Women, who are now as exposed and educated as men, are beginning to enjoy the same privileges in the work place. They’re in high-impact positions in government, legislation and corporate management. They may feel like dressing and acting as liberally as they want because they can finally afford to. They have their own place in the world, unlike the French women in the 18th century parties. Judge a girl bragging about her Chanel online and she won’t care. She probably paid for it. Of course she’ll flaunt it.
The Internet also blurs the line between the smart and the stupid, and today the two forcibly coexist in social media networks. One misinformed post and people will think you’re ignorant. Argue with a kid about something and he’ll pull a “You’re wrong, I googled it!” on you, he may never listen to you again. Some idiot may beat you in an online debate because he researched more quickly, and even if you looked more intimidating and spoke better, people won’t know that in an online forum. Credibility has become vague.
From etiquette to ethics
Class and manners are an outdated argument. In a time of intangible interaction, it’s not a matter of etiquette anymore, but of ethics. The greater freedom that technology has given yields the need to go back to the fundamental—personal moral principles that would define the kind of person you are, both offline and online. Etiquette and “acting with class” has evolved from being an obligatory formality to a personal choice. It’s not about being well-mannered, but simply being kind. You say ‘thank you’ or hold the door out for someone not because you have to, but because it is the right thing to do. A woman must keep her goods private not for modesty (which I think is sexist), but for temperance.
To each his own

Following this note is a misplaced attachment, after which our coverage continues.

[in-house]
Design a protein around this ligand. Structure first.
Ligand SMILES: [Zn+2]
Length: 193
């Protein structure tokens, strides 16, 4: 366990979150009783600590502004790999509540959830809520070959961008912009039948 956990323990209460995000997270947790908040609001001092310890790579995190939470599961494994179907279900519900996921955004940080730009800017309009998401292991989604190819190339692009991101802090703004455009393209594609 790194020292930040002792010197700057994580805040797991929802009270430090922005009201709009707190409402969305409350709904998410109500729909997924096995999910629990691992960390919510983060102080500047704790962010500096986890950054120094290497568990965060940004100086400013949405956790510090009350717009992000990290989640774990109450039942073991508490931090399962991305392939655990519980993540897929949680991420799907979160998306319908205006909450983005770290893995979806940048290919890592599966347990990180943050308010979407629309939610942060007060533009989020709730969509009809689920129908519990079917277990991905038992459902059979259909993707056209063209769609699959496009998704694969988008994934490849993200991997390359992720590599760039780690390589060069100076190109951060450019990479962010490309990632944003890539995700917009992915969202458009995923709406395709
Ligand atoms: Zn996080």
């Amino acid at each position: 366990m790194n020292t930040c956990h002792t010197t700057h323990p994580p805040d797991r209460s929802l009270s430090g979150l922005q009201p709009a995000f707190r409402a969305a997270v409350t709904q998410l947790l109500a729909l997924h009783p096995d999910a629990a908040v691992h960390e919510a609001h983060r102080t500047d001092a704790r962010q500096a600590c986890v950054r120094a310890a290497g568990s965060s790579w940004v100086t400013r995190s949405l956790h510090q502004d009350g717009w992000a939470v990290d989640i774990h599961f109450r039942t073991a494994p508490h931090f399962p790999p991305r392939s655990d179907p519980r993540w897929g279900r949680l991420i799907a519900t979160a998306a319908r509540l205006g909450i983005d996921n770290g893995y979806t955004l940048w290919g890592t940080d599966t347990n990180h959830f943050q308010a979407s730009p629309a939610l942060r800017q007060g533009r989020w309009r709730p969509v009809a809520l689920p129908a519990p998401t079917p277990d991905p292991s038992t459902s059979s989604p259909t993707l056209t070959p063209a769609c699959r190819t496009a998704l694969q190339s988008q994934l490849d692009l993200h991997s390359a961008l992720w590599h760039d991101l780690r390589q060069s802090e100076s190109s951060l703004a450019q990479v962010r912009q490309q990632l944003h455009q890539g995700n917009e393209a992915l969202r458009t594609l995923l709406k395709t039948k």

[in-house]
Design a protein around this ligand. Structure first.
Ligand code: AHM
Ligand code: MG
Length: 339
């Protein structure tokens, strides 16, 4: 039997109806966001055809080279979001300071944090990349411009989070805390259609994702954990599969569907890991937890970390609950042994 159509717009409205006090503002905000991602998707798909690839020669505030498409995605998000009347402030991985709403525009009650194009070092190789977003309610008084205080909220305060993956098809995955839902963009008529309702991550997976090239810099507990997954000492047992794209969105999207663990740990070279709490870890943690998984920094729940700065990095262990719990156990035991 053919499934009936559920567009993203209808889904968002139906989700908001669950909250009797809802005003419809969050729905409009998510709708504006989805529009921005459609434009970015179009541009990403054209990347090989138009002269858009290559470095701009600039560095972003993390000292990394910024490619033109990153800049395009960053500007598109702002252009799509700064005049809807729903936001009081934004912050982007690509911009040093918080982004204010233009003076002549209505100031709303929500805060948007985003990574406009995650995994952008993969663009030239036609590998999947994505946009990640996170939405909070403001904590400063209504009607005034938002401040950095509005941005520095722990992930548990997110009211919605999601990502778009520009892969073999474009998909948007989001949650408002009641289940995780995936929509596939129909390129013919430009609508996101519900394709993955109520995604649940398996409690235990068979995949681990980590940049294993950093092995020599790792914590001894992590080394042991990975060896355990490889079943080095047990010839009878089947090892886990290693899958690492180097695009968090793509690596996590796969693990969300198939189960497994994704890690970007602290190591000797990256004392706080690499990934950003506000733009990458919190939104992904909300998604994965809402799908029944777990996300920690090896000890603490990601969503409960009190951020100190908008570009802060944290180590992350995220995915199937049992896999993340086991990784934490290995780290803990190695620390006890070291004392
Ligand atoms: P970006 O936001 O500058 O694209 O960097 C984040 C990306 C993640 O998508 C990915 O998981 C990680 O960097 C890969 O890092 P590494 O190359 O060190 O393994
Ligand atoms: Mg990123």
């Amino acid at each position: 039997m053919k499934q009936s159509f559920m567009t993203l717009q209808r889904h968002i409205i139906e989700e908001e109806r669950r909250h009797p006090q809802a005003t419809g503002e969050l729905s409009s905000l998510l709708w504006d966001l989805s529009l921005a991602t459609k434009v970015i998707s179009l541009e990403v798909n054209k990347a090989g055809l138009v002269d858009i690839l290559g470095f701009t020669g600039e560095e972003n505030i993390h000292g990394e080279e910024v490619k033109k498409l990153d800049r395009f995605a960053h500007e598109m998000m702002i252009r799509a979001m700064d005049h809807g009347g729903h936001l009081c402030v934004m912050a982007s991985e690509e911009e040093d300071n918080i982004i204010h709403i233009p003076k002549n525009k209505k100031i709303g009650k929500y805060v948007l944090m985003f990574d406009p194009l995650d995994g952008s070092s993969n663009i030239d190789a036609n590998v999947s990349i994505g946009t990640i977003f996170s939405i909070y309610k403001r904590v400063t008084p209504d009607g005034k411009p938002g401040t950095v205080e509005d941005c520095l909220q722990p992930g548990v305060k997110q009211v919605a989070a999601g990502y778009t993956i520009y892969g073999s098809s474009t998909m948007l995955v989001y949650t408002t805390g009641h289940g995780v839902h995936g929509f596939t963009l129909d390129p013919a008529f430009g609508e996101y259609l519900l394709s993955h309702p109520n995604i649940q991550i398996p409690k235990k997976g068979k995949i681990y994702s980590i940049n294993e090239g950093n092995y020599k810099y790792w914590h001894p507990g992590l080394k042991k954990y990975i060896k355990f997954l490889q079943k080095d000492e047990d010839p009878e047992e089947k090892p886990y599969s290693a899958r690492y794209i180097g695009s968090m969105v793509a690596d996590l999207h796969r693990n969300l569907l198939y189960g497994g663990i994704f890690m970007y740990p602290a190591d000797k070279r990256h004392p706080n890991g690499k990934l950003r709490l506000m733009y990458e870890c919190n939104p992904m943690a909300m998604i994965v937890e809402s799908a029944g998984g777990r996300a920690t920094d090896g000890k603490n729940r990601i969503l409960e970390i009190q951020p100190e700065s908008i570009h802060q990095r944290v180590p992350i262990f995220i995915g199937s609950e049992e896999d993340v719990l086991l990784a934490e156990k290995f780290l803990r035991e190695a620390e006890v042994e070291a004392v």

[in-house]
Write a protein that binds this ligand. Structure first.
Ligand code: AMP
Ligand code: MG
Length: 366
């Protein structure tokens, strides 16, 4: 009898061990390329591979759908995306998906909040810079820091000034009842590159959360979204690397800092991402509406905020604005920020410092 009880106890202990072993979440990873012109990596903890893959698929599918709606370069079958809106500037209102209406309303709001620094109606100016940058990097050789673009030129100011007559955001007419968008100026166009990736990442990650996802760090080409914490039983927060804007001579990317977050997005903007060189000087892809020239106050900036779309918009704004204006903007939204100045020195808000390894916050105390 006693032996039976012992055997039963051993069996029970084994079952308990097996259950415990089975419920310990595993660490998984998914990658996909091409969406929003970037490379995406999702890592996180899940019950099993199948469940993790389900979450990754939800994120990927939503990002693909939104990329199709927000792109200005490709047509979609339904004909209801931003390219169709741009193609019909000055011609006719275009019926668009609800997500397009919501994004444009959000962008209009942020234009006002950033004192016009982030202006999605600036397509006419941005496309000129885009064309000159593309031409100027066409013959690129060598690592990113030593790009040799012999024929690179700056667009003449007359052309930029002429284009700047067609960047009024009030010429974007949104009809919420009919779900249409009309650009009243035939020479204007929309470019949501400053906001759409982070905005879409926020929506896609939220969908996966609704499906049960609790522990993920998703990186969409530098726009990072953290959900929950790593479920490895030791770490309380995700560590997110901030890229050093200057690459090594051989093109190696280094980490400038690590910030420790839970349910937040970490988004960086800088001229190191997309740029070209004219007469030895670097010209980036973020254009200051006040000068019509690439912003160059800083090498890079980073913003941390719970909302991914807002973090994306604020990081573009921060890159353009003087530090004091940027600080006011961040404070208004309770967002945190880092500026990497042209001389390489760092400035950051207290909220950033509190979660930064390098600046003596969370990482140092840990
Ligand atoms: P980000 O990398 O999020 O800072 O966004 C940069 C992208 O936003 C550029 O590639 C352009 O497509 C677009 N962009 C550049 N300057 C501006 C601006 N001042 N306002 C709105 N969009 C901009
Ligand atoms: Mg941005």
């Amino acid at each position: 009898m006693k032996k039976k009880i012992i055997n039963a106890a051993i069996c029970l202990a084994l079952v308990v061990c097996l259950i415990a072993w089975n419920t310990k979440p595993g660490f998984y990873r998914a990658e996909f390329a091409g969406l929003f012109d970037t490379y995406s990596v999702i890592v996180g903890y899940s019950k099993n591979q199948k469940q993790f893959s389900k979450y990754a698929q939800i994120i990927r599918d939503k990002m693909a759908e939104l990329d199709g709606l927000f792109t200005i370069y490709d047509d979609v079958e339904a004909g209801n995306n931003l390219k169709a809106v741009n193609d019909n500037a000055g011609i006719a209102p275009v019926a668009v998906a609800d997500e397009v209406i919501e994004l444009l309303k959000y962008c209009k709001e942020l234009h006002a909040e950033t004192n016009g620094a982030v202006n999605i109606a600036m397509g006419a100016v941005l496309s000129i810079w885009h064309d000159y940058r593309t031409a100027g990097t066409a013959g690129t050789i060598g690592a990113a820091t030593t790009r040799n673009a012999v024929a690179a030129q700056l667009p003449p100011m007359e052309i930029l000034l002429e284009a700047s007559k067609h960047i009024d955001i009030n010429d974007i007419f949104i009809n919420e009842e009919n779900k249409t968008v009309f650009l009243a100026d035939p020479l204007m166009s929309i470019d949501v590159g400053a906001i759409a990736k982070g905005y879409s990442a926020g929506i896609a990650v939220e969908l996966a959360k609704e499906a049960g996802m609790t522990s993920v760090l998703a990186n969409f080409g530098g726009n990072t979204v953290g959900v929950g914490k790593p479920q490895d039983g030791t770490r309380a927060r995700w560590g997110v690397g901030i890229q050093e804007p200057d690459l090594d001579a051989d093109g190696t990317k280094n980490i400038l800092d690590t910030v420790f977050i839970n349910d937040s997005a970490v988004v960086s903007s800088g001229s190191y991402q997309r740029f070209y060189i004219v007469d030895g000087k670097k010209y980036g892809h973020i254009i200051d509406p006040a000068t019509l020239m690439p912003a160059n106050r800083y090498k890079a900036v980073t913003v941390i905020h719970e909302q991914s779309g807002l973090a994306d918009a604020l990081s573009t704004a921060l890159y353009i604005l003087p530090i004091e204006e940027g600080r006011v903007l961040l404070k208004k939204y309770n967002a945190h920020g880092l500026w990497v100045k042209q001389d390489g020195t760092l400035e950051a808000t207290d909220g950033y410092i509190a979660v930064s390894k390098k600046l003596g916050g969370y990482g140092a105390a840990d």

Jablow criticizes the flamboyant, immodest behavior of the young on social media when posting photos. What I love most about my generation is that we are tolerant, hence our support for gender and racial equality and our disapproval for human rights violations, such as bullying. If a girl wants to look like a slut in that bikini-clad, duck-faced selfie, I say let her. What’s with the hate? There are “Block” and “Hide” buttons for that now. We care less about what our peers wear and more about what our peers are contributing to the community. A typical millennial, for example, would condemn a polite, modest-wearing but corrupt politician more than a provocatively clothed environmental advocate.
If a woman goes to church in a sheer top and a leopard-print bra, of course she’ll be deemed a town tramp. The key is to wear these clothes in the right place at the right time. And in a time of healthier diets, various workouts and very erratic weathers due to global warming (which, by the way, isn’t our fault), less clothing—less, not skanky—does not seem too inappropriate. Again, it’s all about ethics and appropriation.
The situation can be seen in a proactive perspective. Our consumerist appreciation for luxury brands isn’t always materialistic, it can also be ambitious and aspirational. It’s not always ‘if they can have it, I can have it too’, but maybe ‘someday, I will have it too,’ to motivate people to work harder. We should stop judging people by their selfies, mannerisms and first impressions, but by their ideas, intellect and involvement in the community. Our generation may be narcissistic, but it is also broad-minded and visionary, and in my opinion, that’s more noteworthy.